The Green Bay Redevelopment Authority approved a plan from General Capital Group of the Milwaukee area to invest $12 million in Larsen Green – a series of four former vegetable processing plant buildings on North Broadway – to build 60 apartments and various commercial spaces. In approving the measure, the RDA gave its blessing to a proposed $600,000 tax incremental finance district to help fund the project, which will go to the city council for a final approval. As part of the agreement, On Broadway will move its offices into the completed Larsen Green project, which will include apartments, retail space and a public market. The developers are also seeking affordable housing tax credits from the Wisconsin Housing and Economic Development Authority, which could be a critical factor in financing the project.
The Outagamie County Board of Supervisors tabled a decision to provide $45,000 toward the cost of a study analyzing the assets and infrastructure of the idle NewPage paper mill in Kimberly, which closed in 2008, putting 600 people out of work. Such a study could help market the property to other manufacturing firms for potential reuse of the site. The City of Kimberly has pledged $50,000 toward the cost of the study, and Wisconsin Economic Development Corp. offered another $25,000.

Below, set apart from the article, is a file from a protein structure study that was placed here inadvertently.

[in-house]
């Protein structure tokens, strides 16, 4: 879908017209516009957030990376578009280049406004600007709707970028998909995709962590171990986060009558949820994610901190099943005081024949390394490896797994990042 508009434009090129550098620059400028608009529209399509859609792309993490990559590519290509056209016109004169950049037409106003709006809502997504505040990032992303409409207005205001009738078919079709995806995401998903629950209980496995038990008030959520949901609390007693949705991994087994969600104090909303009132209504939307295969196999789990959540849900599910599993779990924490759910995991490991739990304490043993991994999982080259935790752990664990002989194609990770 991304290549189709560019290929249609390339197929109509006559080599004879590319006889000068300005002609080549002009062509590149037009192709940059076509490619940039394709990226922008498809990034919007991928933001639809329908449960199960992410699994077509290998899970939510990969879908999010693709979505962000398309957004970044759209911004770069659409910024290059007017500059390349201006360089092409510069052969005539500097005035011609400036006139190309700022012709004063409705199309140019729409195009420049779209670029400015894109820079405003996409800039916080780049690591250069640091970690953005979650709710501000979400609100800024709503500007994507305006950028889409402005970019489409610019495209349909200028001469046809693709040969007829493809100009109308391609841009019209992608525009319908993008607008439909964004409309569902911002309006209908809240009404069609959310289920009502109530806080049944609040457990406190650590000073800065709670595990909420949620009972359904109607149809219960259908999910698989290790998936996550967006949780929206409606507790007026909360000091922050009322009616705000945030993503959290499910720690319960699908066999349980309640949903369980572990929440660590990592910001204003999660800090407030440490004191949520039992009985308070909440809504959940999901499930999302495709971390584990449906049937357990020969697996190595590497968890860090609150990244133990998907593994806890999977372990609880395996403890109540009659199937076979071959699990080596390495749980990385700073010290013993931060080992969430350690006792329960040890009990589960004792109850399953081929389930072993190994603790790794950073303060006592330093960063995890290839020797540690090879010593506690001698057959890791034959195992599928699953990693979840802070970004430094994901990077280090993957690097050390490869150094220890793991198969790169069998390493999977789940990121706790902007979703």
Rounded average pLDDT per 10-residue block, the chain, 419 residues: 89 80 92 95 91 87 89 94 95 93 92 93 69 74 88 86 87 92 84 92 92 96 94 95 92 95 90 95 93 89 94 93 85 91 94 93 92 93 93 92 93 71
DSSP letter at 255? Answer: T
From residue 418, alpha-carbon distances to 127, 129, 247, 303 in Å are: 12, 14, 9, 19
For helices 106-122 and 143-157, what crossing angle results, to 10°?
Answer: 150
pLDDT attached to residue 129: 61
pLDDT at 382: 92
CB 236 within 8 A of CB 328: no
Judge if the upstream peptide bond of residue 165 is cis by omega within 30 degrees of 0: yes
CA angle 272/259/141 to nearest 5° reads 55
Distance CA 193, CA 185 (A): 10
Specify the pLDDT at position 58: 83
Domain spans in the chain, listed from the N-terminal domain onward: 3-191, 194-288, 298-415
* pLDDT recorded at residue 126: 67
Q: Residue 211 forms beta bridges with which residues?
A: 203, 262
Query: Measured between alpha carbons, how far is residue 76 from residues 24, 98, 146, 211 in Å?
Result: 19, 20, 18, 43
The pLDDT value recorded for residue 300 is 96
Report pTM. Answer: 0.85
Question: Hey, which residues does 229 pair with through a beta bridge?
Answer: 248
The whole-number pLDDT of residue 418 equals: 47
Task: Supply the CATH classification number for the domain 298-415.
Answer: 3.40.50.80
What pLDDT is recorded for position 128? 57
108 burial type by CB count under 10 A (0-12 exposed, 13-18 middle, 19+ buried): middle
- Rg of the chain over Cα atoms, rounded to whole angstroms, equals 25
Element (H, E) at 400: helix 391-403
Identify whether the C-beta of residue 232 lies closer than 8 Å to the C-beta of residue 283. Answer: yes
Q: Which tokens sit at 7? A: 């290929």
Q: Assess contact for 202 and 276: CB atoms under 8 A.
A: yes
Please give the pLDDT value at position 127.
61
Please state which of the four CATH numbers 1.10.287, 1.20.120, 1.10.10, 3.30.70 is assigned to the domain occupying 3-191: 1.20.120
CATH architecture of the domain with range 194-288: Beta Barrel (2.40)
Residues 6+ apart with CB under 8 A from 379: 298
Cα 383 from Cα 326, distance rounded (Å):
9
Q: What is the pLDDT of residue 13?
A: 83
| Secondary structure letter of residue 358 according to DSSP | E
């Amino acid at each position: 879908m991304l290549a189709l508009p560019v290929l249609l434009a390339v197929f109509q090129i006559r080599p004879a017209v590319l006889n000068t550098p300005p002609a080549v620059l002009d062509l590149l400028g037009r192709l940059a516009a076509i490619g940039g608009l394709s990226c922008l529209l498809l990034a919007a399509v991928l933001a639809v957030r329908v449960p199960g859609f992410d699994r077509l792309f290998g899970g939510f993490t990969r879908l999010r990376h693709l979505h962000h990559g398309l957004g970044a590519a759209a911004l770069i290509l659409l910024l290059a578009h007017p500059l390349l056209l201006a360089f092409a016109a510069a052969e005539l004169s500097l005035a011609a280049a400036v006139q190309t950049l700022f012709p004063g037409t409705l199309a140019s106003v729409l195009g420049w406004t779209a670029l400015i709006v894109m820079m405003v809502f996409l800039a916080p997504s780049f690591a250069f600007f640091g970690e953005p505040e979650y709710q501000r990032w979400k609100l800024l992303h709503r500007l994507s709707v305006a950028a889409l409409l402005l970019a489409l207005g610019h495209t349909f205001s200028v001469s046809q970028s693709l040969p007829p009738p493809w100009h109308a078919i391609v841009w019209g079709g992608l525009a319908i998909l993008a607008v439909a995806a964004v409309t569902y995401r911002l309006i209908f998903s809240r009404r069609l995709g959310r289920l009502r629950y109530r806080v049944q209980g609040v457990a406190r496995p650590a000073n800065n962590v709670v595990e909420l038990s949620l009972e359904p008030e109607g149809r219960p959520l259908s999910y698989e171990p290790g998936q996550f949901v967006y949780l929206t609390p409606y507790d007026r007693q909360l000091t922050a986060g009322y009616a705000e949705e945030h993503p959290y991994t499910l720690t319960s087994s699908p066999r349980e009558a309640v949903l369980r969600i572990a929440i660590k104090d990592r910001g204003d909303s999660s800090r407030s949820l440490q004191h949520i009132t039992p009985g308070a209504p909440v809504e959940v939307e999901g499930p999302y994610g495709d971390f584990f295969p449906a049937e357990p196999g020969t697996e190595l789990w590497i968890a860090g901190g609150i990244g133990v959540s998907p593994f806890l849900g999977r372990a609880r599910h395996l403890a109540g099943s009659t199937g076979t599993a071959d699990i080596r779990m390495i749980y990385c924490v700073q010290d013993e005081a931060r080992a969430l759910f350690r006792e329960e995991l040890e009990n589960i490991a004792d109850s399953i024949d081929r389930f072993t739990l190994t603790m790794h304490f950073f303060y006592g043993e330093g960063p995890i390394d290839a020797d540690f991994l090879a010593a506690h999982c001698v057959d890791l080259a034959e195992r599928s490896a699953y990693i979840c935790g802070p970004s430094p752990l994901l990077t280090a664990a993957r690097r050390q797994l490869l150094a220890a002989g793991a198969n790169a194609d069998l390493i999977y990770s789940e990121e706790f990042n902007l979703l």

The U.S. Bureau of Labor Statistics reported Wisconsin lost 14,600 jobs in November, including 11,700 private-sector jobs and 2,900 public-sector jobs. Wisconsin’s seasonally adjusted November unemployment rate was 7.3 percent, down from 7.7 percent in October.
Mercury Marine in Fond du Lac paid a special one-time bonus to about 1,200 of its hourly workers based on the length of service over the past year. The bonuses for someone who worked over the entire year reportedly were around $1,200. Company officials said the bonuses were paid due to a productive year for the company and in appreciation for the compromises employees made during the past two years to help bring additional production to its Fond du Lac facilities.